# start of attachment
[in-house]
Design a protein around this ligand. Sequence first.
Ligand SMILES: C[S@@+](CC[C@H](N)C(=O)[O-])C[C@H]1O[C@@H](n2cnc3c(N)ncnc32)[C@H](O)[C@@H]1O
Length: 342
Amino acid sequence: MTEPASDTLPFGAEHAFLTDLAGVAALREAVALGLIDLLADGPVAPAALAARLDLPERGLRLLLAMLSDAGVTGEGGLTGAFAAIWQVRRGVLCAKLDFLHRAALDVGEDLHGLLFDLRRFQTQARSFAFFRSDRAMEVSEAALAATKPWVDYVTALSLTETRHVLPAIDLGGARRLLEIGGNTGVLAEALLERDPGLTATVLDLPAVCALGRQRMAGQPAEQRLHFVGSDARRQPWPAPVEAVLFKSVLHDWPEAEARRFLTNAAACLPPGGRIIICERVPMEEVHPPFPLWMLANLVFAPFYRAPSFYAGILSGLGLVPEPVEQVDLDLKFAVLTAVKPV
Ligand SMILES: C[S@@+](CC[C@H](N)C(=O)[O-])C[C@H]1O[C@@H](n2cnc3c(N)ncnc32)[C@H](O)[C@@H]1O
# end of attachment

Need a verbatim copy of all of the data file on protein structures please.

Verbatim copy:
[in-house]
Design a protein around this ligand. Sequence first.
Ligand SMILES: C[S@@+](CC[C@H](N)C(=O)[O-])C[C@H]1O[C@@H](n2cnc3c(N)ncnc32)[C@H](O)[C@@H]1O
Length: 342
Amino acid sequence: MTEPASDTLPFGAEHAFLTDLAGVAALREAVALGLIDLLADGPVAPAALAARLDLPERGLRLLLAMLSDAGVTGEGGLTGAFAAIWQVRRGVLCAKLDFLHRAALDVGEDLHGLLFDLRRFQTQARSFAFFRSDRAMEVSEAALAATKPWVDYVTALSLTETRHVLPAIDLGGARRLLEIGGNTGVLAEALLERDPGLTATVLDLPAVCALGRQRMAGQPAEQRLHFVGSDARRQPWPAPVEAVLFKSVLHDWPEAEARRFLTNAAACLPPGGRIIICERVPMEEVHPPFPLWMLANLVFAPFYRAPSFYAGILSGLGLVPEPVEQVDLDLKFAVLTAVKPV
Ligand SMILES: C[S@@+](CC[C@H](N)C(=O)[O-])C[C@H]1O[C@@H](n2cnc3c(N)ncnc32)[C@H](O)[C@@H]1O